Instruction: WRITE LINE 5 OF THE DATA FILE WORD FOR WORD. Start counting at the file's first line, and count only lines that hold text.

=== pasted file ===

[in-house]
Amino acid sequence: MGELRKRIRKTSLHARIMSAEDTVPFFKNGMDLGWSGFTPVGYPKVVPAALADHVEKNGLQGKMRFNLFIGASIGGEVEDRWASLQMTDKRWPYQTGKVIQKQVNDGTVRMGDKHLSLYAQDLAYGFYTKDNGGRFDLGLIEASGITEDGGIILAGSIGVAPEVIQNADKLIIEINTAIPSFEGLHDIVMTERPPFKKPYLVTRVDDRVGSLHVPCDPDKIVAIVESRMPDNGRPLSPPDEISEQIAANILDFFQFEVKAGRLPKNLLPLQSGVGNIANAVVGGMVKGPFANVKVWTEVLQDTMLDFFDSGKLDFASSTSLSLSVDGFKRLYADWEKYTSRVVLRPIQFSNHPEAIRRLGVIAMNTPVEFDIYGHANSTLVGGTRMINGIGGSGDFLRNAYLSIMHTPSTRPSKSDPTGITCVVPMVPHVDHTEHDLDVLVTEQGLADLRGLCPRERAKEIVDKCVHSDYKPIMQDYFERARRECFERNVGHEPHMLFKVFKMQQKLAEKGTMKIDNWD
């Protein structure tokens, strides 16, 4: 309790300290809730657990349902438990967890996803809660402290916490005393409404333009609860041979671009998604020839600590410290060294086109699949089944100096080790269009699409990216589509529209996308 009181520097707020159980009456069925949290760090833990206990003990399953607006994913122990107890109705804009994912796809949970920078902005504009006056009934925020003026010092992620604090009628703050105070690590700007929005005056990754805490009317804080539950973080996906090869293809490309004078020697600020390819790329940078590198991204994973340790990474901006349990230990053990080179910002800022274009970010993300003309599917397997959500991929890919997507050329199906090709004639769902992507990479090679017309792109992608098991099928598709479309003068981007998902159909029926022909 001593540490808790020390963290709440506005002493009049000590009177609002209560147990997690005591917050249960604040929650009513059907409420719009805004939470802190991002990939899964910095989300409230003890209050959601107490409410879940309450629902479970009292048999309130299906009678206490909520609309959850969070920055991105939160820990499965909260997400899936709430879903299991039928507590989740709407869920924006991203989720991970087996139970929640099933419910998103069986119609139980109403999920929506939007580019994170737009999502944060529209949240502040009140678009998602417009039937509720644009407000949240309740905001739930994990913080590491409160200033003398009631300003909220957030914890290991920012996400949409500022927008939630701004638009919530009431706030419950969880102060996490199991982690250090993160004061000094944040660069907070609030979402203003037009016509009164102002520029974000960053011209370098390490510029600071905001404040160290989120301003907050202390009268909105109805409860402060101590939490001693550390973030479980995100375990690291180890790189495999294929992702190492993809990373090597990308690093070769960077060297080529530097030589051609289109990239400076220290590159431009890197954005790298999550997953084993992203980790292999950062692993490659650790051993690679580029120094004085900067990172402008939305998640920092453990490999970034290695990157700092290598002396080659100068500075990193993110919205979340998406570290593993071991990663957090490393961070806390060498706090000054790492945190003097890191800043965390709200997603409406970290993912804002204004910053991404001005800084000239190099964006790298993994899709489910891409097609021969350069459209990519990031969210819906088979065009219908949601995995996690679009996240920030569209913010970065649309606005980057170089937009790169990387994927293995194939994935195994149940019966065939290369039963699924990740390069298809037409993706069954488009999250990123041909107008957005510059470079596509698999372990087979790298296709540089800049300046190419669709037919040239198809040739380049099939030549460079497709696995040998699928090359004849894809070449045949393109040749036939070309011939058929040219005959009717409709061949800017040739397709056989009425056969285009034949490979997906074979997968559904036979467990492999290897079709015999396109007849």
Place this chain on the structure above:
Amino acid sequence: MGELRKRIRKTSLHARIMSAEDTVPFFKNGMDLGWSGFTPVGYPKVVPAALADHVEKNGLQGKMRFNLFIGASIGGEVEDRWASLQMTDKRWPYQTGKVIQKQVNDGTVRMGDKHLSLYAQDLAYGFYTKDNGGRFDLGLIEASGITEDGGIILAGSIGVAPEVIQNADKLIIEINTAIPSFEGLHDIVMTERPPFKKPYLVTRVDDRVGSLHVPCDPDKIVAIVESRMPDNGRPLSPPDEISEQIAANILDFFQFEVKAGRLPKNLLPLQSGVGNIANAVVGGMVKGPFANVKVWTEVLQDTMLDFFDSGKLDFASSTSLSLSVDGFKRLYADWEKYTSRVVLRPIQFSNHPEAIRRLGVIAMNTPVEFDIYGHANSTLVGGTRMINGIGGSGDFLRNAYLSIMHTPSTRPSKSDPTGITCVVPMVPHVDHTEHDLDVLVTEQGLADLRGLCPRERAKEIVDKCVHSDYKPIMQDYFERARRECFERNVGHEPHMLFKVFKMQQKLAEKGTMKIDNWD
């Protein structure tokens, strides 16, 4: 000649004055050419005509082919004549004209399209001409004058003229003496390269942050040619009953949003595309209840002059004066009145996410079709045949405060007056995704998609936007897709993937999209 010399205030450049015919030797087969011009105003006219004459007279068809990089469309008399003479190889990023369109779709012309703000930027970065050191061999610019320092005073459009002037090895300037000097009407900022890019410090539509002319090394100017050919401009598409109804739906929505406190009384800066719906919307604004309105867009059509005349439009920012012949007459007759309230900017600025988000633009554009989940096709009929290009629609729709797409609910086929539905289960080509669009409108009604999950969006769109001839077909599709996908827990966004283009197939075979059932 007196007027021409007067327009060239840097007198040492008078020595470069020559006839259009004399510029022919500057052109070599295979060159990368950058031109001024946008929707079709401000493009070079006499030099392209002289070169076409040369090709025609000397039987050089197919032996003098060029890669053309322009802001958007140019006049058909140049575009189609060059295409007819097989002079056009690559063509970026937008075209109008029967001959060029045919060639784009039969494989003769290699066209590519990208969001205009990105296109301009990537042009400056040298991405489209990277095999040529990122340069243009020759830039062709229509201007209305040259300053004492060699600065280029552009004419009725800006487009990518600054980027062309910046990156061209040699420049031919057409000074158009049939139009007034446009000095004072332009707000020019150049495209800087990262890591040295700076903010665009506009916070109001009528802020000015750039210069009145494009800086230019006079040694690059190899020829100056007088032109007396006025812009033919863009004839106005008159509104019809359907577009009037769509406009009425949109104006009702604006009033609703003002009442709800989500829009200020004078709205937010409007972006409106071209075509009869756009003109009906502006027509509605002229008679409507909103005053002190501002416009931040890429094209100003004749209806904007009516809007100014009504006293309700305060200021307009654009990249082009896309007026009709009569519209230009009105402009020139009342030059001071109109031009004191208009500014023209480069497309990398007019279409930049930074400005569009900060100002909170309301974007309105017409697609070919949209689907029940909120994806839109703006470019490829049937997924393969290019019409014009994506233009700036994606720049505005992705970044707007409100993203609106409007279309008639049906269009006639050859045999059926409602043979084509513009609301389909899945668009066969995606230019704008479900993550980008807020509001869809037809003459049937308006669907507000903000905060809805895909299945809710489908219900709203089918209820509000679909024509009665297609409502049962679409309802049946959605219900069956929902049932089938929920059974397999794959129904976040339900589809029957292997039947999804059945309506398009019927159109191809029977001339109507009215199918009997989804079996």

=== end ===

Amino acid sequence: MGELRKRIRKTSLHARIMSAEDTVPFFKNGMDLGWSGFTPVGYPKVVPAALADHVEKNGLQGKMRFNLFIGASIGGEVEDRWASLQMTDKRWPYQTGKVIQKQVNDGTVRMGDKHLSLYAQDLAYGFYTKDNGGRFDLGLIEASGITEDGGIILAGSIGVAPEVIQNADKLIIEINTAIPSFEGLHDIVMTERPPFKKPYLVTRVDDRVGSLHVPCDPDKIVAIVESRMPDNGRPLSPPDEISEQIAANILDFFQFEVKAGRLPKNLLPLQSGVGNIANAVVGGMVKGPFANVKVWTEVLQDTMLDFFDSGKLDFASSTSLSLSVDGFKRLYADWEKYTSRVVLRPIQFSNHPEAIRRLGVIAMNTPVEFDIYGHANSTLVGGTRMINGIGGSGDFLRNAYLSIMHTPSTRPSKSDPTGITCVVPMVPHVDHTEHDLDVLVTEQGLADLRGLCPRERAKEIVDKCVHSDYKPIMQDYFERARRECFERNVGHEPHMLFKVFKMQQKLAEKGTMKIDNWD